Since an early age, children are encouraged to play in groups, join a team or play sports. Whether it was ballet or basketball, chances are you were part of something bigger — you played, you learned, you made new friends, you sharpened your people-skills, learned how to share and were able to develop your strengths and discover your weaknesses.
It seems once you entered the workforce, there were less opportunities, and less time, to get involved. Eventually, the rhythm of a 9 to 5 starts to feel like Groundhog Day and you long for something more meaningful. The reasons why people get involved are always different. Some want to reconnect with an old hobby and teach others to do what they love. Some want to use their brainpower and experience for a greater good and offer advice to individuals who need it. Some want to make sure kids graduate high school so their career options in adulthood remain open.
“Once you’ve settled on a cause, it’s time to actually get involved. This is when the time, talent or treasure mantra comes into play.”
No one can deny that being involved creates a feeling of fellowship. Your community may be your church, the group of new moms you met at your kid’s school, fellow dog lovers at the park, marathon enthusiasts or a support group of families who are raising a child with a disability. All of these are ways in which we connect with our passions and with people who share in our common interests and struggles. It takes a village to raise a community.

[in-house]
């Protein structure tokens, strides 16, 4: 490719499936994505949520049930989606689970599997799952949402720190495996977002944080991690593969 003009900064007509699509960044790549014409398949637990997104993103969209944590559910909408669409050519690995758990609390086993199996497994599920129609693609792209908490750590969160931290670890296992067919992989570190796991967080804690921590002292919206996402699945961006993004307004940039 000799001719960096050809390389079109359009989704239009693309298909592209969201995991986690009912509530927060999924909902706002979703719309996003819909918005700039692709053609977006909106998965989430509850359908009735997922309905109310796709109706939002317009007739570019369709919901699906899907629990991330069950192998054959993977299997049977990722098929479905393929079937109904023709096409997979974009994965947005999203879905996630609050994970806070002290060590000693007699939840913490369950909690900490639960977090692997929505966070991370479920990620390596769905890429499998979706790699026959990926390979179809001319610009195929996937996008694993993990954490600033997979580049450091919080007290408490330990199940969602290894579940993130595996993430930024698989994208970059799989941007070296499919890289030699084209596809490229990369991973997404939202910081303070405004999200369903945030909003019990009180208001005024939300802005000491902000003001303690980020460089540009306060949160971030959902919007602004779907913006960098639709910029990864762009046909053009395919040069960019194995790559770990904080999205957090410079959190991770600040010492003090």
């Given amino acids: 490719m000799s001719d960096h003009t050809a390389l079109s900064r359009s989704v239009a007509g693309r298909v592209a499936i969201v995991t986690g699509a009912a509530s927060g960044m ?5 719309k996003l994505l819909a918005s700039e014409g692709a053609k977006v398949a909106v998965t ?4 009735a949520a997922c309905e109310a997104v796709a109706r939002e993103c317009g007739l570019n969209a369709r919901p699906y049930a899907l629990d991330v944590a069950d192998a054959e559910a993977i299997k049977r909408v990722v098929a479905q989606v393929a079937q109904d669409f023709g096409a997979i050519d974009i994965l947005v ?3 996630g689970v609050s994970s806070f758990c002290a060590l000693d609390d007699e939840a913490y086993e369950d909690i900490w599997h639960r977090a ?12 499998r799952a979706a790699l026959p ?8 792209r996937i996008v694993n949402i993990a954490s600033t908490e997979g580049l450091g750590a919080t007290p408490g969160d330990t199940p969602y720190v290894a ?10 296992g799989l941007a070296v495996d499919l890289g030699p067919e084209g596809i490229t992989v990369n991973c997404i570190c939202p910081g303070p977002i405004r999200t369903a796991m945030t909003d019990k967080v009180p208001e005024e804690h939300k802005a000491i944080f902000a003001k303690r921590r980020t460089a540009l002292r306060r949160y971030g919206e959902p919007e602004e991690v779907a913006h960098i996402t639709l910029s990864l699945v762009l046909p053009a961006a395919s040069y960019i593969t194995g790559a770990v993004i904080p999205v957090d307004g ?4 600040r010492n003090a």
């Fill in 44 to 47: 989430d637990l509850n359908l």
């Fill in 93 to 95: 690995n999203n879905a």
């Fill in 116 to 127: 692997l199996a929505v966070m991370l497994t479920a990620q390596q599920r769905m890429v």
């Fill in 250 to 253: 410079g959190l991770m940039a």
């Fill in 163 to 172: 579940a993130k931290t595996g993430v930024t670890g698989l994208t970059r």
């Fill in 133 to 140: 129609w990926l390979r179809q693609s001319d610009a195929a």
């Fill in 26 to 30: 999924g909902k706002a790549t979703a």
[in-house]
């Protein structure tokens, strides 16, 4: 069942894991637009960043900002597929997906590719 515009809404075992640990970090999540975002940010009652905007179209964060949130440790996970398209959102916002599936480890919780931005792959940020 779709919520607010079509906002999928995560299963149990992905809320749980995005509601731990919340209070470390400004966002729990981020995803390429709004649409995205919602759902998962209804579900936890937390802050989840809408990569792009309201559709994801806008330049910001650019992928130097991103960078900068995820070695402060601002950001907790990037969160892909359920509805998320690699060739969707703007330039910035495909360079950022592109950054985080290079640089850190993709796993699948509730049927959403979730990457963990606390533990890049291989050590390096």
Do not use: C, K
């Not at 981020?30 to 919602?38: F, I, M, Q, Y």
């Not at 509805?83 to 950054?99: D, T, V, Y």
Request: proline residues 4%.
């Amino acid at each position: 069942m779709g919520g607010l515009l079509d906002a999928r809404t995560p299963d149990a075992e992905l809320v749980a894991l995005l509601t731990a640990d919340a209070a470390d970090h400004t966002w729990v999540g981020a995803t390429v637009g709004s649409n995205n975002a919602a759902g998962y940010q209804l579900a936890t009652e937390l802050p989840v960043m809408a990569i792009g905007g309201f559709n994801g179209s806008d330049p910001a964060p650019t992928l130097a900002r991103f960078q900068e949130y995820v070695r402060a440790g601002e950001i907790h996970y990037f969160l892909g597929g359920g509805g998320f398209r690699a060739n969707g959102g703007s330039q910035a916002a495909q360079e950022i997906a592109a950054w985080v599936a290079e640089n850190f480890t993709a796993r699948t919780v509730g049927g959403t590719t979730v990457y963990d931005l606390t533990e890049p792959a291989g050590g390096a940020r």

For people who haven’t discovered their giving niche, the first step is always the hardest. It involves finding what moves you, what changes you want to see happening and the type of people you want to help. Once you’ve established that, start researching organizations that benefit the things that matter to you. See what programs they offer, send out emails, make phone calls — ask what their “wishlist” needs are and see if you’re a good fit. Subscribe to an event listing that notifies you of when and where you can meet and mingle with other like-minded change-makers. Get to know people, discuss missions and goals, share how you think you can contribute. The ways to get involved are endless.
Once you’ve settled on a cause, it’s time to actually get involved. This is when the time, talent or treasure mantra comes into play. Sure, organizations need big dollars to fuel their respective missions, but don’t overlook the value of the time you can volunteer or the talent that you can offer to make a difference. Your party-planning expertise can help pull off a stunning fundraising gala, your savvy computer skills can help streamline a virtual application process, and your creative mind can help orchestrate a buzz-worthy awareness campaign. Have a free day? Use it to give back, and get a happiness boost in return.